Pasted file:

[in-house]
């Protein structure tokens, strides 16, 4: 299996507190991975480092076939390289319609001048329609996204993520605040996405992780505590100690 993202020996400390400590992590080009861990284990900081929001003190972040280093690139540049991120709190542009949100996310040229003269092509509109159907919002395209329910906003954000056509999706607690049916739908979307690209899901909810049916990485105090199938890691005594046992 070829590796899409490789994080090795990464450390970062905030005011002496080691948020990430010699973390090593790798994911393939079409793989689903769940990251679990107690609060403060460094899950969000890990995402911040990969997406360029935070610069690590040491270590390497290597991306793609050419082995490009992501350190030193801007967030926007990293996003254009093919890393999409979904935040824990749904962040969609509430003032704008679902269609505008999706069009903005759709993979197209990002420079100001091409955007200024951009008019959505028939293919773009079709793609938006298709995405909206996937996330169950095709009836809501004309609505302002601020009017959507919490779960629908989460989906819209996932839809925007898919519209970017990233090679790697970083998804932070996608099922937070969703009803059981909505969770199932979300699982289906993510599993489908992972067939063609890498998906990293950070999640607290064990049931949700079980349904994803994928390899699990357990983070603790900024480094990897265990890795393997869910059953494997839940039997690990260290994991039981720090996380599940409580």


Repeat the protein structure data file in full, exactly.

[in-house]
């Protein structure tokens, strides 16, 4: 299996507190991975480092076939390289319609001048329609996204993520605040996405992780505590100690 993202020996400390400590992590080009861990284990900081929001003190972040280093690139540049991120709190542009949100996310040229003269092509509109159907919002395209329910906003954000056509999706607690049916739908979307690209899901909810049916990485105090199938890691005594046992 070829590796899409490789994080090795990464450390970062905030005011002496080691948020990430010699973390090593790798994911393939079409793989689903769940990251679990107690609060403060460094899950969000890990995402911040990969997406360029935070610069690590040491270590390497290597991306793609050419082995490009992501350190030193801007967030926007990293996003254009093919890393999409979904935040824990749904962040969609509430003032704008679902269609505008999706069009903005759709993979197209990002420079100001091409955007200024951009008019959505028939293919773009079709793609938006298709995405909206996937996330169950095709009836809501004309609505302002601020009017959507919490779960629908989460989906819209996932839809925007898919519209970017990233090679790697970083998804932070996608099922937070969703009803059981909505969770199932979300699982289906993510599993489908992972067939063609890498998906990293950070999640607290064990049931949700079980349904994803994928390899699990357990983070603790900024480094990897265990890795393997869910059953494997839940039997690990260290994991039981720090996380599940409580």